return config
         .getOptionalValue(BASE_OPENID_KEY + ".clientId." + tenant, String.class)

   public String getClientSecret() {
      String tenant = getTenant(request); // a custom method to decide which tenant to use
      return config
         .getOptionalValue(BASE_OPENID_KEY + ".clientSecret." + tenant, String.class)

   private String getTenant(HttpServletRequest request) {
      return request.getParameter("tenant"); // resolves the tenant name from a query parameter



As this behavior deviates from the standard, it needs to be activated. Without the following configuration property in a MicroProfile source, the EL expression is only evaluated once and not for every user.

Bearer Authentication

The OpenId Connect integration with the Authorization code flow as we have used in the previous example works very well for the login within a web application in the browser.  But what if our application uses calls to other services when we have a microservices-like architecture?  Our JAX-RS-client call to the other service can't respond to the challenge to enter user credentials. And in fact, the user is already authenticated in the application so if we can propagate this information to the other service that would be much easier.

Until the new release, you needed to construct a JWT (JSON Web Token) yourself and use  MicroProfile JWT specification on the other service to validate and capture the propagated authentication information.

With the August 2021 release, we have added the option to use the AccessToken you received from the OpenId Connect provider to perform the authentication within the service. And there is no need to create a new JWT token and maintain cryptographic keys yourself.

You can just define the same @OpenIdAuthenticationDefinition within the service and protect the JAX-RS endpoint with a @RolesAllowed annotation.  The Payara implementation for the OpenId Connect protocol handles the necessary steps of validating the token when it receives an Authorization header starting with the word Bearer.

Your application can define a Client Header Factory with the MicroProfile Rest Client specification to propagate the AccessToken and thus propagate the user information to the other service.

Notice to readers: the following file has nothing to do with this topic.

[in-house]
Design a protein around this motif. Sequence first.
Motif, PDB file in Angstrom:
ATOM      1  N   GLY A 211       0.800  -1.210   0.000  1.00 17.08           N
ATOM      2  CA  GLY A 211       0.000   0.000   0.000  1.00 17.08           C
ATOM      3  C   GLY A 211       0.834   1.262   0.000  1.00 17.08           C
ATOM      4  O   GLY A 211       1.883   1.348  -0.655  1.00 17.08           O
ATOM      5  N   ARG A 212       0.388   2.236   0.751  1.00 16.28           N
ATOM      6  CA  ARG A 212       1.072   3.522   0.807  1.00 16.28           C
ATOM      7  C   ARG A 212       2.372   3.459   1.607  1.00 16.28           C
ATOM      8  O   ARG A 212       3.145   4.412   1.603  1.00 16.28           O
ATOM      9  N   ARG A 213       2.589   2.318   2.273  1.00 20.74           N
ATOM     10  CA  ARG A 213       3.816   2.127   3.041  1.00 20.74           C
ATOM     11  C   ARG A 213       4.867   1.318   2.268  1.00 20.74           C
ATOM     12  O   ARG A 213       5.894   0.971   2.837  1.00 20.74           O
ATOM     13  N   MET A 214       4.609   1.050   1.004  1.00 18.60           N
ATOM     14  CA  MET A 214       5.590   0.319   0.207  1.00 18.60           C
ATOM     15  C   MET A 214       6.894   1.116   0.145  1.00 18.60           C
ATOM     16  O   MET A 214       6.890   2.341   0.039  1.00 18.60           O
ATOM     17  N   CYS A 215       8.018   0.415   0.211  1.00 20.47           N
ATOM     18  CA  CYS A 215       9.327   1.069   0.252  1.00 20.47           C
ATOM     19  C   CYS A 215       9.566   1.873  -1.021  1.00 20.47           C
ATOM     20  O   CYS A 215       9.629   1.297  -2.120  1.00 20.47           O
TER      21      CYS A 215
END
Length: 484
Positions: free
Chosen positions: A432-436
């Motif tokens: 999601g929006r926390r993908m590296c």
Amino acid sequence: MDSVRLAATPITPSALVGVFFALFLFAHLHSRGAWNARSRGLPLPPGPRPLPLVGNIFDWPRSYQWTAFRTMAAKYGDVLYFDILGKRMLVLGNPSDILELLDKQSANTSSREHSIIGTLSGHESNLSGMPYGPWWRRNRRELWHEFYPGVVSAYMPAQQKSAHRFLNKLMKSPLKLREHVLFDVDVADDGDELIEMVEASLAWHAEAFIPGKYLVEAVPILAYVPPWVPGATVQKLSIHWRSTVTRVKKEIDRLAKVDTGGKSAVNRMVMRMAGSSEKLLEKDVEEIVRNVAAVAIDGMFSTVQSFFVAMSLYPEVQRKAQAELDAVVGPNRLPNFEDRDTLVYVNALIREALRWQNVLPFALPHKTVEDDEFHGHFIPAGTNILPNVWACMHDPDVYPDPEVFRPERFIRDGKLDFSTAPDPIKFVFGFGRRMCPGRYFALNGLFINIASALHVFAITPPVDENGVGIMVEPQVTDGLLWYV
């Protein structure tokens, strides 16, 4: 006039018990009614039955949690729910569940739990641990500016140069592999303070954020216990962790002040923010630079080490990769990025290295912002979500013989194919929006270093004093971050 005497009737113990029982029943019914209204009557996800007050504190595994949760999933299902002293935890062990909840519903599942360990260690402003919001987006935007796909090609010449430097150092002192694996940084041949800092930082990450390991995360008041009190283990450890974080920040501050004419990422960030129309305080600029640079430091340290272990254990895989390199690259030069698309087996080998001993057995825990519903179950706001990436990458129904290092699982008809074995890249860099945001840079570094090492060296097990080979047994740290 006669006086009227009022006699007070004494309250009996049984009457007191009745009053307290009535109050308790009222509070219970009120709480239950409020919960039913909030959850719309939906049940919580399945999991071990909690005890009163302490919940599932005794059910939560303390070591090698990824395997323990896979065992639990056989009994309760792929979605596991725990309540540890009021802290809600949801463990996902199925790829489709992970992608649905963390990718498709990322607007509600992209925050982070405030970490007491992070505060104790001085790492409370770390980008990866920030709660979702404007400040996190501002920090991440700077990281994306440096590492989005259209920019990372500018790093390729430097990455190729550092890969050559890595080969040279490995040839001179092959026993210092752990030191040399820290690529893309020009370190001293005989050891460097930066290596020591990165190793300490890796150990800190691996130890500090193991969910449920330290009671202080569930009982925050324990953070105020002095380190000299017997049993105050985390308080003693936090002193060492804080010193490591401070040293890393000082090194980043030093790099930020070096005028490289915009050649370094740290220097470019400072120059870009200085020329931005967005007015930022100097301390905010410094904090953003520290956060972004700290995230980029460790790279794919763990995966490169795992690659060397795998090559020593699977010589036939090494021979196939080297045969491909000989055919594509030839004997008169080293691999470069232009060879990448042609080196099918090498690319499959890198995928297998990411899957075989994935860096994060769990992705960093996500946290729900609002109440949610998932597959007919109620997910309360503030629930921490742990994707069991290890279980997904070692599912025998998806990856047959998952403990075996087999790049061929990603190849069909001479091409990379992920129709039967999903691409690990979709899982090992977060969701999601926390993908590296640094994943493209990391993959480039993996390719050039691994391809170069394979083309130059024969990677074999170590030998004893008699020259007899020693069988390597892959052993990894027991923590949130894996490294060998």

public class BearerHeaderFactory implements ClientHeadersFactory {

   private OpenIdContext openIdContext;

   public MultivaluedMap<String, String> update(MultivaluedMap<String, String> multivaluedMap, MultivaluedMap<String, String> multivaluedMap1) {
      MultivaluedMap<String, String> result = new MultivaluedHashMap<>();

      result.add("Authorization", "Bearer "+ openIdContext.getIdentityToken());
      return result;


The OpenId Connect protocol is a modern approach to perform the authentication and authorization for your applications. You can use local providers like Keycloak or cloud-based ones like Auth0 or Azure Active Directory.

With the Payara Platform release of August 2021, we have added some new functionalities related to this OpenId Connect functionality.

By allowing EL expressions that are evaluated for each user, you can achieve a multi-tenant solution where multiple groups of users can use the same application but the secure storage is done in separate stores.

With the Bearer support, you can propagate more easily the identity of the user when your application calls other services running on Payara instances.  Instead of creating new JWT tokens, you can propagate the OpenId Connect token which is used by the service the identify the user who made the original call to the web application.